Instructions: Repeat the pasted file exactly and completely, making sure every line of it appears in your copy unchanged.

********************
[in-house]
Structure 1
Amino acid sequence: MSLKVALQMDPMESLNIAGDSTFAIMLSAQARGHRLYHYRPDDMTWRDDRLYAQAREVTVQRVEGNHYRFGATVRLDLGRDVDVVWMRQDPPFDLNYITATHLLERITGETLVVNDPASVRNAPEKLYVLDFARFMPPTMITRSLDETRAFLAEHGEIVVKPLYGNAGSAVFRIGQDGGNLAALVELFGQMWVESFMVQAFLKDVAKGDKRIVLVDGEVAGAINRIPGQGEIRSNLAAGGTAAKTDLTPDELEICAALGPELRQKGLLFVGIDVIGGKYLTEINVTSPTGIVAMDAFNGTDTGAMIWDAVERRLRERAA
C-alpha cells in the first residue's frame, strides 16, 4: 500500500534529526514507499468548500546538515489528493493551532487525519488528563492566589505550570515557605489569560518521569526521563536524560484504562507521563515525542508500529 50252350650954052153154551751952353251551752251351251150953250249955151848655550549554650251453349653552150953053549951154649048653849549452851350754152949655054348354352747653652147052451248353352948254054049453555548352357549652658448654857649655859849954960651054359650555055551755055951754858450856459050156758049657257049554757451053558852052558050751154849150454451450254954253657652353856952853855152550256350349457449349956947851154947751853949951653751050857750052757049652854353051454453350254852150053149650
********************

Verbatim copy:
[in-house]
Structure 1
Amino acid sequence: MSLKVALQMDPMESLNIAGDSTFAIMLSAQARGHRLYHYRPDDMTWRDDRLYAQAREVTVQRVEGNHYRFGATVRLDLGRDVDVVWMRQDPPFDLNYITATHLLERITGETLVVNDPASVRNAPEKLYVLDFARFMPPTMITRSLDETRAFLAEHGEIVVKPLYGNAGSAVFRIGQDGGNLAALVELFGQMWVESFMVQAFLKDVAKGDKRIVLVDGEVAGAINRIPGQGEIRSNLAAGGTAAKTDLTPDELEICAALGPELRQKGLLFVGIDVIGGKYLTEINVTSPTGIVAMDAFNGTDTGAMIWDAVERRLRERAA
C-alpha cells in the first residue's frame, strides 16, 4: 500500500534529526514507499468548500546538515489528493493551532487525519488528563492566589505550570515557605489569560518521569526521563536524560484504562507521563515525542508500529 50252350650954052153154551751952353251551752251351251150953250249955151848655550549554650251453349653552150953053549951154649048653849549452851350754152949655054348354352747653652147052451248353352948254054049453555548352357549652658448654857649655859849954960651054359650555055551755055951754858450856459050156758049657257049554757451053558852052558050751154849150454451450254954253657652353856952853855152550256350349457449349956947851154947751853949951653751050857750052757049652854353051454453350254852150053149650